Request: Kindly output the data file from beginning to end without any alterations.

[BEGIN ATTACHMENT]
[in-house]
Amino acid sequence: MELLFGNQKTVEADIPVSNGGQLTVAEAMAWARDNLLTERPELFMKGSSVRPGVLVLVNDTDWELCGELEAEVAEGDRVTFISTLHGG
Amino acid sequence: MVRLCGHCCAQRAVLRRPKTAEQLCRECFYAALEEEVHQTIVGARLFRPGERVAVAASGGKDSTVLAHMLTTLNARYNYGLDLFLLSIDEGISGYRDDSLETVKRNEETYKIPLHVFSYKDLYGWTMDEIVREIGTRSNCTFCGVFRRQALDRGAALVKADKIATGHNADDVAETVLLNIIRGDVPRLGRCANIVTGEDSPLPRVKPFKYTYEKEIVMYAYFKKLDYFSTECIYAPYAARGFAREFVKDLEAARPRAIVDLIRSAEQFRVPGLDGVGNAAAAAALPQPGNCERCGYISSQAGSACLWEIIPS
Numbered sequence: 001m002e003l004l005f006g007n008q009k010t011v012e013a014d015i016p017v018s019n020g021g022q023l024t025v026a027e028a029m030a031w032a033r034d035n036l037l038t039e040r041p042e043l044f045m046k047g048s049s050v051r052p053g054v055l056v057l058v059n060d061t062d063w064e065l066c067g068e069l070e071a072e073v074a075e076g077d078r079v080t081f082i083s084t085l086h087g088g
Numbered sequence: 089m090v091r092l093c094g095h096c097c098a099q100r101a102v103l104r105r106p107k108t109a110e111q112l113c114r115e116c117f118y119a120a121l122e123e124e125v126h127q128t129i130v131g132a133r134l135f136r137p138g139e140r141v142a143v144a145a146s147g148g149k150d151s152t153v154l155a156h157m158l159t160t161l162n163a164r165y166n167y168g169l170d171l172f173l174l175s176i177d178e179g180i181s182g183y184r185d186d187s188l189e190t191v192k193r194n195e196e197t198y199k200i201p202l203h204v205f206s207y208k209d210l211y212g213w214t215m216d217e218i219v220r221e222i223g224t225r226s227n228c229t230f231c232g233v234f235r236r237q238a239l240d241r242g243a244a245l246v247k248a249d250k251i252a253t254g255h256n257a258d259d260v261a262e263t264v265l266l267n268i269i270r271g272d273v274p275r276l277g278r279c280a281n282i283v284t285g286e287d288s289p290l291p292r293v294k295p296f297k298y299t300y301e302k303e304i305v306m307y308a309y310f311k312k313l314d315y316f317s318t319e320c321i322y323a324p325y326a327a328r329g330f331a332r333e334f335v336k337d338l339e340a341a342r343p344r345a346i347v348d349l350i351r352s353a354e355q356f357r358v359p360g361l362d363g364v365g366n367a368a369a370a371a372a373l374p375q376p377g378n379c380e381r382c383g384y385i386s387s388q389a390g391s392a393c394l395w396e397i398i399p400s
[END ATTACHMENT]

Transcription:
[in-house]
Amino acid sequence: MELLFGNQKTVEADIPVSNGGQLTVAEAMAWARDNLLTERPELFMKGSSVRPGVLVLVNDTDWELCGELEAEVAEGDRVTFISTLHGG
Amino acid sequence: MVRLCGHCCAQRAVLRRPKTAEQLCRECFYAALEEEVHQTIVGARLFRPGERVAVAASGGKDSTVLAHMLTTLNARYNYGLDLFLLSIDEGISGYRDDSLETVKRNEETYKIPLHVFSYKDLYGWTMDEIVREIGTRSNCTFCGVFRRQALDRGAALVKADKIATGHNADDVAETVLLNIIRGDVPRLGRCANIVTGEDSPLPRVKPFKYTYEKEIVMYAYFKKLDYFSTECIYAPYAARGFAREFVKDLEAARPRAIVDLIRSAEQFRVPGLDGVGNAAAAAALPQPGNCERCGYISSQAGSACLWEIIPS
Numbered sequence: 001m002e003l004l005f006g007n008q009k010t011v012e013a014d015i016p017v018s019n020g021g022q023l024t025v026a027e028a029m030a031w032a033r034d035n036l037l038t039e040r041p042e043l044f045m046k047g048s049s050v051r052p053g054v055l056v057l058v059n060d061t062d063w064e065l066c067g068e069l070e071a072e073v074a075e076g077d078r079v080t081f082i083s084t085l086h087g088g
Numbered sequence: 089m090v091r092l093c094g095h096c097c098a099q100r101a102v103l104r105r106p107k108t109a110e111q112l113c114r115e116c117f118y119a120a121l122e123e124e125v126h127q128t129i130v131g132a133r134l135f136r137p138g139e140r141v142a143v144a145a146s147g148g149k150d151s152t153v154l155a156h157m158l159t160t161l162n163a164r165y166n167y168g169l170d171l172f173l174l175s176i177d178e179g180i181s182g183y184r185d186d187s188l189e190t191v192k193r194n195e196e197t198y199k200i201p202l203h204v205f206s207y208k209d210l211y212g213w214t215m216d217e218i219v220r221e222i223g224t225r226s227n228c229t230f231c232g233v234f235r236r237q238a239l240d241r242g243a244a245l246v247k248a249d250k251i252a253t254g255h256n257a258d259d260v261a262e263t264v265l266l267n268i269i270r271g272d273v274p275r276l277g278r279c280a281n282i283v284t285g286e287d288s289p290l291p292r293v294k295p296f297k298y299t300y301e302k303e304i305v306m307y308a309y310f311k312k313l314d315y316f317s318t319e320c321i322y323a324p325y326a327a328r329g330f331a332r333e334f335v336k337d338l339e340a341a342r343p344r345a346i347v348d349l350i351r352s353a354e355q356f357r358v359p360g361l362d363g364v365g366n367a368a369a370a371a372a373l374p375q376p377g378n379c380e381r382c383g384y385i386s387s388q389a390g391s392a393c394l395w396e397i398i399p400s